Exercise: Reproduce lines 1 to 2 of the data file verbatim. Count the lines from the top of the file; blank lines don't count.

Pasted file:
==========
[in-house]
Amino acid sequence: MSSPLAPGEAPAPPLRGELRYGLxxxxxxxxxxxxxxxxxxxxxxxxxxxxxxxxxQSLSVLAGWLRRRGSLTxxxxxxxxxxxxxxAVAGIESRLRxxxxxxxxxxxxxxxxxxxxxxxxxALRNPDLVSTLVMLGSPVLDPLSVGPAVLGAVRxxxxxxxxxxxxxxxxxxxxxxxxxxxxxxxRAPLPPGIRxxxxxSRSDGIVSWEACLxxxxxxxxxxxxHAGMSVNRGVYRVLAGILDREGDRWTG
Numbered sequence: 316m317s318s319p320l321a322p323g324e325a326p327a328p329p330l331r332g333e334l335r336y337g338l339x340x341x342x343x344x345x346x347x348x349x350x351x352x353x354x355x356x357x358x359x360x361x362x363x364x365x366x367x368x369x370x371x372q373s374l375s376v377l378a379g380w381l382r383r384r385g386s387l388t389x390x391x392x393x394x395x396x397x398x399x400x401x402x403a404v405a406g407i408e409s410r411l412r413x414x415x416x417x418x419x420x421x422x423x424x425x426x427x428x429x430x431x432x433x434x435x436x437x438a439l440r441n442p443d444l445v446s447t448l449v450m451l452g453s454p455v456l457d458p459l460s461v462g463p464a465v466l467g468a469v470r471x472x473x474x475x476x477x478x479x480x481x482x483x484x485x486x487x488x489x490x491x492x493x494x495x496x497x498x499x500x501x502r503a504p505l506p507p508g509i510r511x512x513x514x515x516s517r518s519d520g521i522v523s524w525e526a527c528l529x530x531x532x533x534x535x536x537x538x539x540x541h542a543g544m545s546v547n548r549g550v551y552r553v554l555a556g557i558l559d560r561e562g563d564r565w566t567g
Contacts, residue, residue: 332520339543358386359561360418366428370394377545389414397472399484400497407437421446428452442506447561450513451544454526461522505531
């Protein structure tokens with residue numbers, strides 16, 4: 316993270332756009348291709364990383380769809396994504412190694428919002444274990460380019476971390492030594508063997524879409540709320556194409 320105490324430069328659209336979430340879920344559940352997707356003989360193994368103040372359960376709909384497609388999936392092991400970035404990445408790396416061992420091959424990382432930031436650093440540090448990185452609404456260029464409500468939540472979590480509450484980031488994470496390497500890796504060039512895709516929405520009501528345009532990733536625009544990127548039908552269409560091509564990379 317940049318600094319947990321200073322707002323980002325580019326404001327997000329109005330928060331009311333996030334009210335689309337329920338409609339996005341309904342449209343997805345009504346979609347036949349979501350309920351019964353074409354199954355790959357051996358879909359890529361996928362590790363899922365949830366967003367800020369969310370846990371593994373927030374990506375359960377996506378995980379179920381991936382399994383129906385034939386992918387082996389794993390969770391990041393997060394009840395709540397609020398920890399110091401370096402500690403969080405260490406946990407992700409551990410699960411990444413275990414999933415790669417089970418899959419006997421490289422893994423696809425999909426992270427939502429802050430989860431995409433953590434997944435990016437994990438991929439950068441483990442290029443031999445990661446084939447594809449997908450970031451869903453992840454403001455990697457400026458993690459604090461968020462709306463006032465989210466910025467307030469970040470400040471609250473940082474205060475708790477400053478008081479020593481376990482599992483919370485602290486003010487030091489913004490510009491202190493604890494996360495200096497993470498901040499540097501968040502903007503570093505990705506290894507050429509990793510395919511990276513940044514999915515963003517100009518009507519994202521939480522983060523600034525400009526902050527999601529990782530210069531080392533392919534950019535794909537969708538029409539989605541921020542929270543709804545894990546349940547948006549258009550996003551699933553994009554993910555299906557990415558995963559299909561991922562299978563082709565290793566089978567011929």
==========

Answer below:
[in-house]
Amino acid sequence: MSSPLAPGEAPAPPLRGELRYGLxxxxxxxxxxxxxxxxxxxxxxxxxxxxxxxxxQSLSVLAGWLRRRGSLTxxxxxxxxxxxxxxAVAGIESRLRxxxxxxxxxxxxxxxxxxxxxxxxxALRNPDLVSTLVMLGSPVLDPLSVGPAVLGAVRxxxxxxxxxxxxxxxxxxxxxxxxxxxxxxxRAPLPPGIRxxxxxSRSDGIVSWEACLxxxxxxxxxxxxHAGMSVNRGVYRVLAGILDREGDRWTG